Government leaders, opposition members, churches and business community representatives attempted to bridge the gap Thursday in differences over constitutional reform plans ahead of next week’s scheduled talks with the United Kingdom’s Foreign and Commonwealth Office.
By press time, that debate had become mired in discussions over a bill of rights for the Cayman Islands, a topic that has been one of the most contentious issues discussed during Cayman’s constitutional modernisation process.
Leader of Government Business Kurt Tibbetts started the public gathering by stating that the majority of the roughly 25 separate proposals for constitutional change had been agreed upon by the parties involved. Mr. Tibbetts said there were 15 proposals that were basically agreed to, four that had partial agreement and six issues where there was disagreement.
‘There is more that unites us than divides us,’ Mr. Tibbetts said to the group of MLAs and representatives from non-governmental entities gathered around the negotiating table at the Bodden Town Civic Centre. ‘Let us put country before self and try to come to agreement today.’
It was unknown at press time whether talks would actually wrap up in one day. Cabinet ministers had scheduled a press briefing for Friday morning, and Mr. Tibbetts gave every indication that he expected the discussions to finish Thursday.
The non-governmental groups which will be involved in talks with the UK next week; the Chamber of Commerce, the Cayman Islands Ministers’ Association, the Cayman Islands Mission of Seventh Day Adventists, and the Cayman Islands Human Rights Committee, have all submitted their proposals for constitutional change. The Chamber released a survey of its members’ views on constitutional issues just before Thursday’s talks started.
All sides agreed by consent that Cayman needs constitutional modernisation and that there was no desire to seek independence from the UK ‘any time in the near future.’ There was some brief debate over the proposed preamble of the constitution, but after that discussions focused on human rights.
It seems all sides still have far to go on the proposed bill of rights, what it should contain, and where it should be placed in law.
Both the ruling People’s Progressive Movement and the opposition United Democratic Party support the creation of a bill of rights for Cayman. However, the government feels the bill should be enshrined in the constitution, while opposition members believe it should be enacted in local law.
The parties have discussed and floated proposals concerning what specifically would be included in a bill of rights, but an official draft proposal has not been written since constitutional discussions resumed this year. .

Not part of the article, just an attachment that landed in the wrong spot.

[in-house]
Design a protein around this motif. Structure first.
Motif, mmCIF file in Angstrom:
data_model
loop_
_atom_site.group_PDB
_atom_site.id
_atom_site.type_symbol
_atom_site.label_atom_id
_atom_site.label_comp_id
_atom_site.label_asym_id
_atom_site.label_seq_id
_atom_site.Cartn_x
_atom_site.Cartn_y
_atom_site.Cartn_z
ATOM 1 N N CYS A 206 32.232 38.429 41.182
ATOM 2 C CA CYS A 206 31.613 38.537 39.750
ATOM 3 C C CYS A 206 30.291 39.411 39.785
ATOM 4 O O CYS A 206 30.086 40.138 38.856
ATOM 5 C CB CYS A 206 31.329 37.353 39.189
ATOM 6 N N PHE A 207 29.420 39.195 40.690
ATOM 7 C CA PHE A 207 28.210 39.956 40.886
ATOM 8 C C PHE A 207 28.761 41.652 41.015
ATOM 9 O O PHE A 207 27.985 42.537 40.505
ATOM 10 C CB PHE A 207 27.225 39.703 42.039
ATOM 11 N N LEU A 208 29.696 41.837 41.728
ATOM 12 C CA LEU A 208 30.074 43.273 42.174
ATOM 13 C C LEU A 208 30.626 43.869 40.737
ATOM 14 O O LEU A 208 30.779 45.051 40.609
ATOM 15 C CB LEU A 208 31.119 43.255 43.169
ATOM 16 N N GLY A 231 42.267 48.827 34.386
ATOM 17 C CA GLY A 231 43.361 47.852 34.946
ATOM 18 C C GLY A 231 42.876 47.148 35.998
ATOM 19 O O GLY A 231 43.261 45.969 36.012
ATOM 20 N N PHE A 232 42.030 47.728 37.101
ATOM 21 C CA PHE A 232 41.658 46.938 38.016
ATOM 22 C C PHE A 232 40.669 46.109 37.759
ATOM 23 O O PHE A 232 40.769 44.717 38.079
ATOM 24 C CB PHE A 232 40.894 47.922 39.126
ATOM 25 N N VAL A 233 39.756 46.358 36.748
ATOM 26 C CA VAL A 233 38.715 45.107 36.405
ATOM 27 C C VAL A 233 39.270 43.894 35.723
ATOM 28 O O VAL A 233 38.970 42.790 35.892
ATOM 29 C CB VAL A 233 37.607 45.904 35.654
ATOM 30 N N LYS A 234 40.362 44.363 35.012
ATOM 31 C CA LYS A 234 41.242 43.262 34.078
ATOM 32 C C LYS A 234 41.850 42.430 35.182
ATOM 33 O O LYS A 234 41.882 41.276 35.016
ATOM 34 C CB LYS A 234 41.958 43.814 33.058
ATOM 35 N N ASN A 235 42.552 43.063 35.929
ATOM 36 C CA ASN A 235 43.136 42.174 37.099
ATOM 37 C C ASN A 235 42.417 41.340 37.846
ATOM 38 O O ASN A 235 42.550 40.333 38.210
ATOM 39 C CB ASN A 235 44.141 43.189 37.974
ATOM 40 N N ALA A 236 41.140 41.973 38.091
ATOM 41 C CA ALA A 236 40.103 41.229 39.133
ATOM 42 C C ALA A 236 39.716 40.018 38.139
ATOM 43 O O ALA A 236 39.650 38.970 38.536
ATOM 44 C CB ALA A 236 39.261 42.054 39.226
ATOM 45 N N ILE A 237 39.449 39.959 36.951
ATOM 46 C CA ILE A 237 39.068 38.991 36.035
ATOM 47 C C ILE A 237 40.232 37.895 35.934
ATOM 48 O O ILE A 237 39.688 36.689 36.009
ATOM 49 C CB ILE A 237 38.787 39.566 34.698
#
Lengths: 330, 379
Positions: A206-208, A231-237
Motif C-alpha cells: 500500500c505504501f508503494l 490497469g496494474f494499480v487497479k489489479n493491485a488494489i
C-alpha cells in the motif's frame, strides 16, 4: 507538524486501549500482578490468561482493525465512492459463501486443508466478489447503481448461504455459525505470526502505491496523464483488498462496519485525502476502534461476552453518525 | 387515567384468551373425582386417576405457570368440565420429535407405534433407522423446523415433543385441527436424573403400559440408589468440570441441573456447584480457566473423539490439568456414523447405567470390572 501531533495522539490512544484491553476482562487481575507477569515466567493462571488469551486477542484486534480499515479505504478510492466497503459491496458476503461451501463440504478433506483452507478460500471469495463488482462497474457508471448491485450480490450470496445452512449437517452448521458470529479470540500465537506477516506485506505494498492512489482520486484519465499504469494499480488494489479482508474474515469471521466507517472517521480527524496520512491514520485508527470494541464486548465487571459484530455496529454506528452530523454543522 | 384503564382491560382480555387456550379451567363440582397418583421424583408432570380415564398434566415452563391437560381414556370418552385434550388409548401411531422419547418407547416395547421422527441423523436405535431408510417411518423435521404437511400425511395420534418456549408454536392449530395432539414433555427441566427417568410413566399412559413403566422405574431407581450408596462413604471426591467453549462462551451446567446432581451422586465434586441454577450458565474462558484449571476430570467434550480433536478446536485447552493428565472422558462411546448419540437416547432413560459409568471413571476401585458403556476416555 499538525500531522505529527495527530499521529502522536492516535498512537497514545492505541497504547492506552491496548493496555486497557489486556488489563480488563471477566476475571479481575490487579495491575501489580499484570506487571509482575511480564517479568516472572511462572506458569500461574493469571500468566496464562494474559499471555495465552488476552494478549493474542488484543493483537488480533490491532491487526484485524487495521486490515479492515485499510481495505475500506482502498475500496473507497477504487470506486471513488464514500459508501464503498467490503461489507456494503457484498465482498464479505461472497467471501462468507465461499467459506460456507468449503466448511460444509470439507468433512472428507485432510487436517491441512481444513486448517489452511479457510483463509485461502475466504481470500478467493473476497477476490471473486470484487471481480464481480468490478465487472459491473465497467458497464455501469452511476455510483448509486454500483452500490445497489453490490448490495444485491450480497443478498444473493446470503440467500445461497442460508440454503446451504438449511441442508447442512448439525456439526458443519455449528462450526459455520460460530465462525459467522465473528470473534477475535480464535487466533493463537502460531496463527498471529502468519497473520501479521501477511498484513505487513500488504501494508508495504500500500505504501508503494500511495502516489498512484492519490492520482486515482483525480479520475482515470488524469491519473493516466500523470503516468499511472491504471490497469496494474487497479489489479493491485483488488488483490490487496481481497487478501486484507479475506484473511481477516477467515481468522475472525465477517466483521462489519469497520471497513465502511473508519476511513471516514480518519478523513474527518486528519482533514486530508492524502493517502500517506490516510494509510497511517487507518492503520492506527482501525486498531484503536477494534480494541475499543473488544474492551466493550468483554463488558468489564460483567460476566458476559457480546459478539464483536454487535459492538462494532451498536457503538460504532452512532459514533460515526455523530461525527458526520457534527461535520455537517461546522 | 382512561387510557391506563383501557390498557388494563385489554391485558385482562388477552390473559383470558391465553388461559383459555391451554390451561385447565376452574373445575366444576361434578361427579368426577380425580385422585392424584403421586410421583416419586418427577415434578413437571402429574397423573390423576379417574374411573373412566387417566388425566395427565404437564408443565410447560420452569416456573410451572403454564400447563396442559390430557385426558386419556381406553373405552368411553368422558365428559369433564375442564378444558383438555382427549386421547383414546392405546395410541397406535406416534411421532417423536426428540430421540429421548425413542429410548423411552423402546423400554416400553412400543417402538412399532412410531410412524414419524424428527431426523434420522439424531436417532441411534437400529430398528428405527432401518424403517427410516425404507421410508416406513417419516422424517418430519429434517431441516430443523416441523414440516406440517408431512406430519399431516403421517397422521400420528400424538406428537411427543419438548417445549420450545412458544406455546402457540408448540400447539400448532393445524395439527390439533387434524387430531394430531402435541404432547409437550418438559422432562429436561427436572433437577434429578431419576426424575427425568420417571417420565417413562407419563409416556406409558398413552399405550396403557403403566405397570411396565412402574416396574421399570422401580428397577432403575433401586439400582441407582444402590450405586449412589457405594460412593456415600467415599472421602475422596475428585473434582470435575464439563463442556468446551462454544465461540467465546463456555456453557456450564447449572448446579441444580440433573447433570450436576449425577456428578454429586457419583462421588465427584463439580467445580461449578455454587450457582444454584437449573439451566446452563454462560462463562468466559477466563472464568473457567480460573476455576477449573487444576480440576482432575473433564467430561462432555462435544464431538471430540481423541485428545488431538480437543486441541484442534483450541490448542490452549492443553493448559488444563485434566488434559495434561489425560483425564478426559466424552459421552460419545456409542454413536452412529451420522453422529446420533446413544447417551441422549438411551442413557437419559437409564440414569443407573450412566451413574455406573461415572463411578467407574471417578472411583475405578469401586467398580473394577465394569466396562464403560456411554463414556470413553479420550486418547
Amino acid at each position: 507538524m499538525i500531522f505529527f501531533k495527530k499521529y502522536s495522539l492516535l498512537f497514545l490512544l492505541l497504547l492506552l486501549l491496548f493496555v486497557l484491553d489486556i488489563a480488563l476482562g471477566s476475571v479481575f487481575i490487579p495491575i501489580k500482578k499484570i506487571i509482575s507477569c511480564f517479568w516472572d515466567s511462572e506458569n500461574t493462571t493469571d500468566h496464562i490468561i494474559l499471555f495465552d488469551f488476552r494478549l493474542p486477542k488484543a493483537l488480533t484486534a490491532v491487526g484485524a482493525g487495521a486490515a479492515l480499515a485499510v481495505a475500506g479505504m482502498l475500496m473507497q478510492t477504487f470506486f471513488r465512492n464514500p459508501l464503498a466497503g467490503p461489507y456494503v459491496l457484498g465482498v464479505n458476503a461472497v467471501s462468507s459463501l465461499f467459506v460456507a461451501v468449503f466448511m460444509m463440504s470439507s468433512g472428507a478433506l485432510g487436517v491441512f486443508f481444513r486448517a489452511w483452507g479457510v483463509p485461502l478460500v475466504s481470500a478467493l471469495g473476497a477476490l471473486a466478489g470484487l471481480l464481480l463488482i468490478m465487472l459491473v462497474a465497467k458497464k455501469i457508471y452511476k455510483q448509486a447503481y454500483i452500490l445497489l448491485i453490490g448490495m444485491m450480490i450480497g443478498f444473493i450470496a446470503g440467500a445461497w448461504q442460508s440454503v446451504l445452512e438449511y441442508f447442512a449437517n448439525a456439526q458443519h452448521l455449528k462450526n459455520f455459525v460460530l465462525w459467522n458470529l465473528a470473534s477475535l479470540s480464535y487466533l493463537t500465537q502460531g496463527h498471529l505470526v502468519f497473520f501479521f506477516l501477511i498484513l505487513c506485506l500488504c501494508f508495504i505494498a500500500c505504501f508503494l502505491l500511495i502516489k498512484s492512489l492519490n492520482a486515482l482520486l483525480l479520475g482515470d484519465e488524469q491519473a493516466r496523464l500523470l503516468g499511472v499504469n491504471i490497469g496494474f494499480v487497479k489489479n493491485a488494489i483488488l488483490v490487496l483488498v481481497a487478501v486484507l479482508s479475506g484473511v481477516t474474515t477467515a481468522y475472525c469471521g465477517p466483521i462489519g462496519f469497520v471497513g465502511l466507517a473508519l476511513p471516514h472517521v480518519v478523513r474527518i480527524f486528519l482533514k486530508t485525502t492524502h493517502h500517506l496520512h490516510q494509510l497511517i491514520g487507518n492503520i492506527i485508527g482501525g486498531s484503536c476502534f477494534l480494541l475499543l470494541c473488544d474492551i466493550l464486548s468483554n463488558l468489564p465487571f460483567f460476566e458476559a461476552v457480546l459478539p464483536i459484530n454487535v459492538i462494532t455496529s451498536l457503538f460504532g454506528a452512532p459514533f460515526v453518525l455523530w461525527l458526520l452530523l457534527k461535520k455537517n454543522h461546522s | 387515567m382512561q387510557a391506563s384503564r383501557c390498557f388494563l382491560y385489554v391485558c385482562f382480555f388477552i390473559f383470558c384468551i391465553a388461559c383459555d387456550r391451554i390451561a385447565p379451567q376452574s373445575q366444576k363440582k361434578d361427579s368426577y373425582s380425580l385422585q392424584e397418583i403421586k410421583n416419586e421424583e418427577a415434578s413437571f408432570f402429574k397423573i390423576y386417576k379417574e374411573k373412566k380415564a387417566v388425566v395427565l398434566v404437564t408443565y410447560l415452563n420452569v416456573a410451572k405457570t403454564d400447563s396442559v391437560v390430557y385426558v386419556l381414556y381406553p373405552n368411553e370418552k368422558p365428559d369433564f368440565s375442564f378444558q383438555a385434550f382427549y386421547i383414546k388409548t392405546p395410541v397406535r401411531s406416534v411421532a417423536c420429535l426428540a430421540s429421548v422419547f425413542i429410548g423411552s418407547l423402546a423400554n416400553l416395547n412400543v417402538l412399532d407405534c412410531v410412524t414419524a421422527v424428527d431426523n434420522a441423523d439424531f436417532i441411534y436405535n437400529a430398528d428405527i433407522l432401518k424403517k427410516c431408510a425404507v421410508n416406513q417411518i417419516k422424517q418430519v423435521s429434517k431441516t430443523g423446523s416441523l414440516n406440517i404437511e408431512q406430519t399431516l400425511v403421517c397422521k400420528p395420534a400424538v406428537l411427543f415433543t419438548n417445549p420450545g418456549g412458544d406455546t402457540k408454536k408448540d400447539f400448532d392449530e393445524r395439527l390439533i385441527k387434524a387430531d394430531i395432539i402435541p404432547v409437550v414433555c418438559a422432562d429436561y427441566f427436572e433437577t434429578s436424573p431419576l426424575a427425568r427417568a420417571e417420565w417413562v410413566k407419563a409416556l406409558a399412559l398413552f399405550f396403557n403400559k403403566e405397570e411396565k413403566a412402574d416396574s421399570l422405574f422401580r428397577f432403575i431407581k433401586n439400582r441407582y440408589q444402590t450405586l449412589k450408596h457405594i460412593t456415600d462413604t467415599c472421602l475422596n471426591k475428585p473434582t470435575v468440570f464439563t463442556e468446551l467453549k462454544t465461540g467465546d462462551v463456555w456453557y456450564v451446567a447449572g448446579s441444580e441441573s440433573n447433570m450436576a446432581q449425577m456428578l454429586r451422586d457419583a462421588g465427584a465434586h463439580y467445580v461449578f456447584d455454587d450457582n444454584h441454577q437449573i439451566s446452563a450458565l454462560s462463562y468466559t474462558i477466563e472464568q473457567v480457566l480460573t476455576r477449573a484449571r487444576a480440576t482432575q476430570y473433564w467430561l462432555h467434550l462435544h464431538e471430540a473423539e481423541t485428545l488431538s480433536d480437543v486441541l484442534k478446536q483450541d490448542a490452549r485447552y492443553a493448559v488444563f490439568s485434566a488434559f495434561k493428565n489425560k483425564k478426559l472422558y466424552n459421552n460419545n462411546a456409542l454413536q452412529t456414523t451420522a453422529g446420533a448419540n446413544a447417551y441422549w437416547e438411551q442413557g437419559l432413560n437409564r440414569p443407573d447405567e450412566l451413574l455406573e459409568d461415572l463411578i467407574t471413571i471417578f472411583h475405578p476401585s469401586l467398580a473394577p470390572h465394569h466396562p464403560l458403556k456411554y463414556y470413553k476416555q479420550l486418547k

The Cayman Islands Ministers Association, long concerned about the country’s ability to ‘Caymanise’ a bill of rights, noted that the UK itself had not enshrined such a bill in its own laws. Pastor Al Ebanks said the ministers’ organisation had grave concerns ‘in terms of (a bill of rights’) effects and the power of the courts to strike down the laws of parliament.’
Mr. Ebanks said the ministers were actually not opposed to enshrining a bill of rights in Cayman’s constitution, but wanted assurances that the elected government would be the ultimate arbiter in cases where constitutional rights issues were in dispute.
Education Minister Alden McLaughlin said that was indeed government’s plan.
‘In our proposal the courts would not have the power to strike down legislation,’ Mr. McLaughlin said. ‘What is done about the incompatibility (of a particular government action with the bill of rights) is a matter of policy.’
The system government seeks to create is one similar to that in the UK, where a court will judge a particular law or action by the government to be incompatible with existing statutes. In that case, the court would send its ruling back to lawmakers who would deal with it.
In such a system, it is possible for legislators to simply ignore the courts, but Mr. McLaughlin has said that possibility is highly unlikely.
However, opposition MLA Cline Glidden Jr. said the issue raised other questions about a proposed bill of rights.
‘How do we get protection from parliament…if all we’re going to do is refer it back to parliament?’ Mr. Glidden asked.
Representatives of the Church of Seventh Day Adventists said they were uncertain about enshrining a document in the constitution which hadn’t even been drafted yet.
‘We find it difficult, maybe even a little irresponsible,’ Pastor Shian O’Connor said.
Mr. Tibbetts responded by stating that the UK was requiring the inclusion of a bill of rights and had informed Cayman’s elected government about that in a letter dated 3 April.
Opposition Leader McKeeva Bush said that letter was prompted by what were essentially loaded questions from the ruling government. Mr. Bush said he believes the UK would accept a bill of rights in local legislation.
‘What they wanted was a bill of rights, but not that it had to be in the constitution,’ Mr. Bush said.
Members of the Human Rights Committee said the question was a crucial one, since any local legislation would be much easier to change for the government of the day.
‘The risk is, following each election, the rights could be changed,’ HRC representative Melanie McLaughlin said.
The Chamber of Commerce also expressed grave concerns in its survey about human rights legislation and how that would apply. Chamber members were deeply divided over whether a bill of rights should be included in Cayman’s constitution.